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3 key findings from US research into field service customers…

Jan 6 • Features, Software and Apps • 4828 Views • No Comments on 3 key findings from US research into field service customers…

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Research conducted by US based technology consultancy Software Advice has revealed that many field service companies—especially small to midsize residential service providers, such as cleaning services, pest control and plumbers are falling behind other business when it comes to the technology they deploy to run their operations on a day to day basis.

The research, which had well over 8,000 responses from random adults who have used residential services within the United States, identified that despite a wide range of software solutions designed specifically for field service being available, many companies have yet to adopt such modern systems.

Indeed a 2014 Software Advice field service BuyerView report indicated that 54 per cent of field service companies, that could be potential software buyers, are still using manual methods for managing their business. Similarly a Field Service News research report identified 48 per cent of companies were using manual tools.

The benefits of moving towards a digital workflow for field service companies are well documented (not least amongst these pages) however, the benefits for the customers of field service are also great and it is in this area that the Software Advice research focussed.

Here we explore some of the key findings of the research…

1. Customers are more likely to select a provider that can track their field service technicians.

The first area the survey addressed was how much more likely customers were to select a field service company based on the types of technology they use. The results showed that there was a positive correlation between the technology being implemented and the likelihood of gaining new business.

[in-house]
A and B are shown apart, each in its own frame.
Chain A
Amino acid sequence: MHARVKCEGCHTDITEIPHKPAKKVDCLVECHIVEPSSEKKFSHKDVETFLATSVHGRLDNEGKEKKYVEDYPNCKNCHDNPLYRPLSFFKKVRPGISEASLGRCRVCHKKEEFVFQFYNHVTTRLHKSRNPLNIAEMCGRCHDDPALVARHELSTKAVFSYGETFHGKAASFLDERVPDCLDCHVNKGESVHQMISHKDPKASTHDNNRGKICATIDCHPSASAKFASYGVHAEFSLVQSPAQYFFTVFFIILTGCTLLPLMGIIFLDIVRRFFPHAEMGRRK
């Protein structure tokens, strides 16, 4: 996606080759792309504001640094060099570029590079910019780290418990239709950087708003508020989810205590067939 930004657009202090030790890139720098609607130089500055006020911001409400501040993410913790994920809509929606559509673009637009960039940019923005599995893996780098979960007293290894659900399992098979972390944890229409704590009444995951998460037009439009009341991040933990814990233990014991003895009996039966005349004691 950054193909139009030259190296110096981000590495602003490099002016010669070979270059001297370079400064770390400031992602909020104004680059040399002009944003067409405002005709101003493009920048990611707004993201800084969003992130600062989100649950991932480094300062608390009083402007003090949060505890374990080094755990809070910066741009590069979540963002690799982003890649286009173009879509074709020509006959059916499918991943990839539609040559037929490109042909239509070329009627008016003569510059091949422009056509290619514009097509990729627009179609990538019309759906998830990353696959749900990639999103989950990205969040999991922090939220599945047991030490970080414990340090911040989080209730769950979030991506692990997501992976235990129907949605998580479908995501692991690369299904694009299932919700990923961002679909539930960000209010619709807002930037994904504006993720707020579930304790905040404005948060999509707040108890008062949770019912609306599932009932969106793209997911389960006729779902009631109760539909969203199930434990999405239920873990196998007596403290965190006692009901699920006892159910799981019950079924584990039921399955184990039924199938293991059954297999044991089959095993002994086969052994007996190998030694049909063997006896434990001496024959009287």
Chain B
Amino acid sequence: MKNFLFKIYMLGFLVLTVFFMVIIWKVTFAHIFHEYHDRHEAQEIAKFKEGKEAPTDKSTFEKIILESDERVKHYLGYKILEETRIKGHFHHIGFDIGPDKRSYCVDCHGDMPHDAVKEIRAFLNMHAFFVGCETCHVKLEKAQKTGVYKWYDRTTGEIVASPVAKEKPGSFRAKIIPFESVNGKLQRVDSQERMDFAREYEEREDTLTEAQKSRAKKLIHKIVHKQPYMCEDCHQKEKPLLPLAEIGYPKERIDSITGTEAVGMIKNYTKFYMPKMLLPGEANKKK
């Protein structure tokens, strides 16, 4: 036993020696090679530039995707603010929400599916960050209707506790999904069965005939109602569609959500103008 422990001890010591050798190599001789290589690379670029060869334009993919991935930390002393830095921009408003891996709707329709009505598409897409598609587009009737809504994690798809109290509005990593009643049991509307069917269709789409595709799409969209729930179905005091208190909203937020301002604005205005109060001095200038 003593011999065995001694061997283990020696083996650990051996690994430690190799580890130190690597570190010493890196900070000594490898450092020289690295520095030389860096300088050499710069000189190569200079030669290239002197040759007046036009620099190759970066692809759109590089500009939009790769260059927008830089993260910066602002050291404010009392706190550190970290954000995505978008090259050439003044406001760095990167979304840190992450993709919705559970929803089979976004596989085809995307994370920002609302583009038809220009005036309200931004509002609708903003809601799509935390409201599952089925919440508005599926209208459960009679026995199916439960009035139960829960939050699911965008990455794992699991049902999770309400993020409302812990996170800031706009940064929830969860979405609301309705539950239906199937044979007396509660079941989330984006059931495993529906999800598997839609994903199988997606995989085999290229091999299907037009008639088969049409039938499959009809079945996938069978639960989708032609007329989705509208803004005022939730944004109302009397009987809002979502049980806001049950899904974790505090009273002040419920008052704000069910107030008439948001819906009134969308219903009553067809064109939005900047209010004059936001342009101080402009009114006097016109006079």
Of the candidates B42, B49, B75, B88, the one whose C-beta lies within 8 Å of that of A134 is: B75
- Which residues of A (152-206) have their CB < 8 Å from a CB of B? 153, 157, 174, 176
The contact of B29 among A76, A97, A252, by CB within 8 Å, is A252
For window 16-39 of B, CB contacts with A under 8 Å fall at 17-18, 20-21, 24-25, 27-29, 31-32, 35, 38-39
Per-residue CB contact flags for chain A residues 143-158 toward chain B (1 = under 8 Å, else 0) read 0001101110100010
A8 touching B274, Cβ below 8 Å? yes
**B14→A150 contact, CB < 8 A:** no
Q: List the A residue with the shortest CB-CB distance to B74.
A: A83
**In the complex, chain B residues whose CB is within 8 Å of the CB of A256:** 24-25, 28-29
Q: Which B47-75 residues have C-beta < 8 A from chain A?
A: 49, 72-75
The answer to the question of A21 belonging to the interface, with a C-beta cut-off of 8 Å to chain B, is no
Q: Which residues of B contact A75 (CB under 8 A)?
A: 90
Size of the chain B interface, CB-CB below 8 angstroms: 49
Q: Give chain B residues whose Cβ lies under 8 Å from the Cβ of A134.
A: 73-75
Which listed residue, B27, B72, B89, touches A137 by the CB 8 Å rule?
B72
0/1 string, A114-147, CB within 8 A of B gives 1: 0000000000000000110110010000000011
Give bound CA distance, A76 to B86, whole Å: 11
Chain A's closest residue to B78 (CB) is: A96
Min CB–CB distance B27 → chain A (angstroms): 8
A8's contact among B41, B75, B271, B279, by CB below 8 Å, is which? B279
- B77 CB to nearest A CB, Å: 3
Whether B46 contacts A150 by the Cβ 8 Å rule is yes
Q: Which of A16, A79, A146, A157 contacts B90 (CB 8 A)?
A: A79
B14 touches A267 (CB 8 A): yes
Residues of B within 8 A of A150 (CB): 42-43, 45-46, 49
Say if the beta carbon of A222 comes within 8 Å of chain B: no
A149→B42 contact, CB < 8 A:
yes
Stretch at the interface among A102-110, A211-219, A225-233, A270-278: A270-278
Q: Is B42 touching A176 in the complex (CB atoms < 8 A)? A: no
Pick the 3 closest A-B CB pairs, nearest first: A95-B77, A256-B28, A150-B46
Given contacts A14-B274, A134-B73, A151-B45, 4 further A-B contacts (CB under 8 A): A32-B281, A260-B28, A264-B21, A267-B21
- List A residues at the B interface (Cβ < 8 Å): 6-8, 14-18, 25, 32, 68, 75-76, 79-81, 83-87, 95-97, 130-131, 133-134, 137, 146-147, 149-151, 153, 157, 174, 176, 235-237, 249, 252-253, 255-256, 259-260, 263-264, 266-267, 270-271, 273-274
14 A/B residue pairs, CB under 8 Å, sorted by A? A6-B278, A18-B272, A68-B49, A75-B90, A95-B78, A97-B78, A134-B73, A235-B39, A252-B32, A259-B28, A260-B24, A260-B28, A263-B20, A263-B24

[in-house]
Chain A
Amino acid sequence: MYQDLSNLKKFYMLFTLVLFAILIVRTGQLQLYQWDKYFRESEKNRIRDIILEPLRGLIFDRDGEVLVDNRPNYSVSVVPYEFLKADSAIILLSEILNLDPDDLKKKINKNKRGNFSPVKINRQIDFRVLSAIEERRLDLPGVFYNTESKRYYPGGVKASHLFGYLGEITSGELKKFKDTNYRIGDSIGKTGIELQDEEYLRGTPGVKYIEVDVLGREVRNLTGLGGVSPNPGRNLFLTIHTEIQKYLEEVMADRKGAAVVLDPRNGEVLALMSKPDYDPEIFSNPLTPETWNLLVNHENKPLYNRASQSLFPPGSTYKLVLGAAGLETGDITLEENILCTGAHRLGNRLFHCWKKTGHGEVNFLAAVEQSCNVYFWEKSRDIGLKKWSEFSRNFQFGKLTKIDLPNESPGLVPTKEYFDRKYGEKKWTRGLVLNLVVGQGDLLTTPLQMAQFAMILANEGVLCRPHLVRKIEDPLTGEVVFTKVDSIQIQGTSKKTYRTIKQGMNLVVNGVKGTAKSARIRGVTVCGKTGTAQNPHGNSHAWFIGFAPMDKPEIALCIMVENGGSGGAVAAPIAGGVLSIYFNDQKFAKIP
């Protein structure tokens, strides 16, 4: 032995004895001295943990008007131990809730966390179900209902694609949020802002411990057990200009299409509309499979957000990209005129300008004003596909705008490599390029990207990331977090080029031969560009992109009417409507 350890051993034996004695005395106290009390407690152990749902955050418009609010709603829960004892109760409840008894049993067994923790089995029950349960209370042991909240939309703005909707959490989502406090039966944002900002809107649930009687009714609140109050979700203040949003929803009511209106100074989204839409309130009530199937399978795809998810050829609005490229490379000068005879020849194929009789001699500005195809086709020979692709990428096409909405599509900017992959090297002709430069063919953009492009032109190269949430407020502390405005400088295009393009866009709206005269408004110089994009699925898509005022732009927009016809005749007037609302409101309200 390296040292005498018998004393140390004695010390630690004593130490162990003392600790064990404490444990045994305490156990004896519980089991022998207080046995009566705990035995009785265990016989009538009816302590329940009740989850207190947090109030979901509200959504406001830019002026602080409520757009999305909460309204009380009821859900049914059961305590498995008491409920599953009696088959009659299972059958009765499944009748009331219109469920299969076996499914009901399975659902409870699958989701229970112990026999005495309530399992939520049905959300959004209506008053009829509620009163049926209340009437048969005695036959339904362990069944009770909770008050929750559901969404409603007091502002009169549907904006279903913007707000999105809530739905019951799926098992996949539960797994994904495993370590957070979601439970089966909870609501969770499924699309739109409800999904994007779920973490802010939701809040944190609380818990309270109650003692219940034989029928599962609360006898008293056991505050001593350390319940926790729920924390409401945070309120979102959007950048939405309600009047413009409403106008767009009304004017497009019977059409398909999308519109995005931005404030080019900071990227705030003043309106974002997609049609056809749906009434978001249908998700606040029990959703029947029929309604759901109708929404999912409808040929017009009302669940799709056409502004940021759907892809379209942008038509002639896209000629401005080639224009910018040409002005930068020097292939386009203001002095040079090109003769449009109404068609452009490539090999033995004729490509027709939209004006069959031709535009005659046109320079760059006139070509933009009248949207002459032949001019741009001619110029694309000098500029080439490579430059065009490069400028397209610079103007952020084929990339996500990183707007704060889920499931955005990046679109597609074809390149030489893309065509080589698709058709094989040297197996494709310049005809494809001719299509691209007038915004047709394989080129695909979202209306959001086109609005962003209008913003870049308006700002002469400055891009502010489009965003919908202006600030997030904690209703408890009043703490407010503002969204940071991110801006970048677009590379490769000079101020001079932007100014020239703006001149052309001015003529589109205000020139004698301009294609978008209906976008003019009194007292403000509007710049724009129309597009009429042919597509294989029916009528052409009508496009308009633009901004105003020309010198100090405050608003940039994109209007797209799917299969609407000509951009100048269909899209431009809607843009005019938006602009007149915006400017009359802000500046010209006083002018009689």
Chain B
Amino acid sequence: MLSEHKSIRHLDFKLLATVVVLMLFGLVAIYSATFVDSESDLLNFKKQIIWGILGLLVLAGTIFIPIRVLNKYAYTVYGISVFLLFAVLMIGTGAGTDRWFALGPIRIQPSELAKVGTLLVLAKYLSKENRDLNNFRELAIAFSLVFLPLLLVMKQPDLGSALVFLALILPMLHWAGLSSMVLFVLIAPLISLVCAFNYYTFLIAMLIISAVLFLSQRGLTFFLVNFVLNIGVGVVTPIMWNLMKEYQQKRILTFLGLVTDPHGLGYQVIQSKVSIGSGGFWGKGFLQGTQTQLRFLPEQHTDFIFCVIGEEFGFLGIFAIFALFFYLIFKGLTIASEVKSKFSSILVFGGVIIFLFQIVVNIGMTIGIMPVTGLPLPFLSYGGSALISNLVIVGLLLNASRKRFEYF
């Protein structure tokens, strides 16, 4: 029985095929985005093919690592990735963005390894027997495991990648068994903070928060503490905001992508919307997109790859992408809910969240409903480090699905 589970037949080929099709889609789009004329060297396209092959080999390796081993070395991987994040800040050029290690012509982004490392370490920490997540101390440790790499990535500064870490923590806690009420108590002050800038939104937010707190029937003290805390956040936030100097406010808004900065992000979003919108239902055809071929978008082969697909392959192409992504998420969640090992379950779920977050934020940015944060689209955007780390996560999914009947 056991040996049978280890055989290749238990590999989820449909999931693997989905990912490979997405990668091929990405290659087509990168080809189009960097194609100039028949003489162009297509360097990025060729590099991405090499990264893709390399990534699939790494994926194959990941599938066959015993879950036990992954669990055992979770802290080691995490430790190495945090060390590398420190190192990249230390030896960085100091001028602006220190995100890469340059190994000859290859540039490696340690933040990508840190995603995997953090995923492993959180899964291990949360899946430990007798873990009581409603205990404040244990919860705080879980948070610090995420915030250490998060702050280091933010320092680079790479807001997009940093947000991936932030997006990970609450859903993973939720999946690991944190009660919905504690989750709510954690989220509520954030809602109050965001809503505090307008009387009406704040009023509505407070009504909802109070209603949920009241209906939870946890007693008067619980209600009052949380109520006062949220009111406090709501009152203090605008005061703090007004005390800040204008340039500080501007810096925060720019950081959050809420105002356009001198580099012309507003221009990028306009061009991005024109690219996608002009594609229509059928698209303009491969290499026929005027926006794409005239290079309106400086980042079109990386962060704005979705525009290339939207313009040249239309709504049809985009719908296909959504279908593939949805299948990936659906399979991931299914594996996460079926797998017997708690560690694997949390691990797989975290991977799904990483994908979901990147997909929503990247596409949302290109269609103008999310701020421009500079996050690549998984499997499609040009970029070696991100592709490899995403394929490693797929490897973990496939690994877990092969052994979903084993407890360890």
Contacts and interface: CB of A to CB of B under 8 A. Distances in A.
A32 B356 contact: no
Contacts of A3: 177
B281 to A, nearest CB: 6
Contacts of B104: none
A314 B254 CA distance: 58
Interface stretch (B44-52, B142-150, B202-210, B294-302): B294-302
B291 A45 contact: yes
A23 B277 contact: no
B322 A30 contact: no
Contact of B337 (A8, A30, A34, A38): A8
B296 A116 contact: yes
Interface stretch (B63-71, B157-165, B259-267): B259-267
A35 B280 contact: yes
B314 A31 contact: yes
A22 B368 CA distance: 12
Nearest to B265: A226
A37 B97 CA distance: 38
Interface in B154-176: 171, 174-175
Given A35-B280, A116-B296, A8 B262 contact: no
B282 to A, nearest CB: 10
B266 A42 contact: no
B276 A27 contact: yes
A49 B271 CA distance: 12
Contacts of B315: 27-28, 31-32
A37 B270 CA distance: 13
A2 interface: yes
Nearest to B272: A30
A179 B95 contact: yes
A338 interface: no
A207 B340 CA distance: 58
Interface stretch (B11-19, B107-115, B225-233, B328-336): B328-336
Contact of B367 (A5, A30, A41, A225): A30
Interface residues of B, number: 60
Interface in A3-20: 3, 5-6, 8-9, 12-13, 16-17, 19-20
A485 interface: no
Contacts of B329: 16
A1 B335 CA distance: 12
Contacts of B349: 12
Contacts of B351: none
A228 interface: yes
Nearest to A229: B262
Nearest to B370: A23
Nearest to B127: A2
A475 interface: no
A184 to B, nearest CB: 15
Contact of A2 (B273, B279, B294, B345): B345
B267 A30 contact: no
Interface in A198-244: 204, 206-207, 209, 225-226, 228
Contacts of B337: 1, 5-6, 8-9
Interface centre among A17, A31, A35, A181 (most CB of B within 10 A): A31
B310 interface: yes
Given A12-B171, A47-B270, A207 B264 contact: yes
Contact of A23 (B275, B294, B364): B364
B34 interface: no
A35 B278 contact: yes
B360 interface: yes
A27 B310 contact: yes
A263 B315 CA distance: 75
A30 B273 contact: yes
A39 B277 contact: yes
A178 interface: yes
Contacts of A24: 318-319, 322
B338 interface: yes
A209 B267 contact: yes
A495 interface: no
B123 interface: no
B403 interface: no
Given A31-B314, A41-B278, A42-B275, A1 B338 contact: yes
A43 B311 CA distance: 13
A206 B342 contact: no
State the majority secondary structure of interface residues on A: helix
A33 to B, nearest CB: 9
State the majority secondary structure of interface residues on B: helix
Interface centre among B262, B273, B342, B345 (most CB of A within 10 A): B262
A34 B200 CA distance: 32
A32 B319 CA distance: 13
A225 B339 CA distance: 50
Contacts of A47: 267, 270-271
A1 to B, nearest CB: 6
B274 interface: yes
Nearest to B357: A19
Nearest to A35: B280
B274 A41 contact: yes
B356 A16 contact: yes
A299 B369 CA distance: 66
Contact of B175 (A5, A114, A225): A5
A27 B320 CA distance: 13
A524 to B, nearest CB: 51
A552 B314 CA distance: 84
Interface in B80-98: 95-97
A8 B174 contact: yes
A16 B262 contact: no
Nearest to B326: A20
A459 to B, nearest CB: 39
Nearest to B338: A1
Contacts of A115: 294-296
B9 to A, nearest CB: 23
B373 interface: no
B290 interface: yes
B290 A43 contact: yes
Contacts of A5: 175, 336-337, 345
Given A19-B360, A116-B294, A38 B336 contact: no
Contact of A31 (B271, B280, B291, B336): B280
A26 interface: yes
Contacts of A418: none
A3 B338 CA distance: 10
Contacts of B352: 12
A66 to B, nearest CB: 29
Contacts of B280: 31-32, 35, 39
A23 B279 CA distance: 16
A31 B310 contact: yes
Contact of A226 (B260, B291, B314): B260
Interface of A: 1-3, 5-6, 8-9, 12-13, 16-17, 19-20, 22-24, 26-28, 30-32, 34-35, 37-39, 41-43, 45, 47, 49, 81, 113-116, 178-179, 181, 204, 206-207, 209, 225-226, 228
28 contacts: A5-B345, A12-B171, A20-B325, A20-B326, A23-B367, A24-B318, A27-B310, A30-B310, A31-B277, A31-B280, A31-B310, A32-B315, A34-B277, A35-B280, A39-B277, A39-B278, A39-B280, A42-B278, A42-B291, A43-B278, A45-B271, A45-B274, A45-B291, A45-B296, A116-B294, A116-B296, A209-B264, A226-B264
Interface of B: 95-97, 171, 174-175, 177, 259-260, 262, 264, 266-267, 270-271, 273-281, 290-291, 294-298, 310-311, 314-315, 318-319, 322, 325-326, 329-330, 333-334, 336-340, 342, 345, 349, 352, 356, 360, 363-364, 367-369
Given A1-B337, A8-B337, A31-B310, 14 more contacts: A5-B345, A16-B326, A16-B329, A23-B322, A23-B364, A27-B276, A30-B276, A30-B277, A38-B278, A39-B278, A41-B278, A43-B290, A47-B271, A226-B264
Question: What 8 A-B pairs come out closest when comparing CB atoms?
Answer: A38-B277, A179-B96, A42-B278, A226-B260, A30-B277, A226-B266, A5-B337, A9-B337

Well over half (58 per cent) of the respondents stated the use of technician tracking technology would “somewhat increase likelihood” to hire a field service company whilst over a quarter (28 per cent) stated it would “greatly increase likelihood” to hire that company.

Of course one of the main benefits of implementing this type of technology is that field service companies are able to provide far more accurate timeframes for the arrival of their field service operatives. In today’s busy world the difference between an accurate time slot or the traditional ‘some point between 8am and 6pm’ can be a huge benefit for customers.

 

software-effects-on-hiring-residential-service-providers

Fig 1. Software effects on hiring residential service providers

 

According to Sam Pillar, CEO and co-founder at Jobber, one beneficial technician-tracking capability field service software may offer is geofencing. This technology acts quite literally like a digital “fence,” enabling businesses to set boundaries for service, create alerts upon entry and exit to and from these boundaries and automatically notify customers when their technician is nearby.

As Pillar explains, “If you’re scheduled to do a job at 2 p.m., but at five minutes to 2 p.m., you’re still 10 miles away, you’d be able to automatically send a text message to a customer saying you’re going to be a little late.”

In addition to improving customer experience and satisfaction, there are organizational benefits of integrating this tracking technology. “If [the technician says] that they were at a job and the customer says they weren’t, you can verify this; or, if they get in an accident, you can see exactly where they were,” Pillar explains.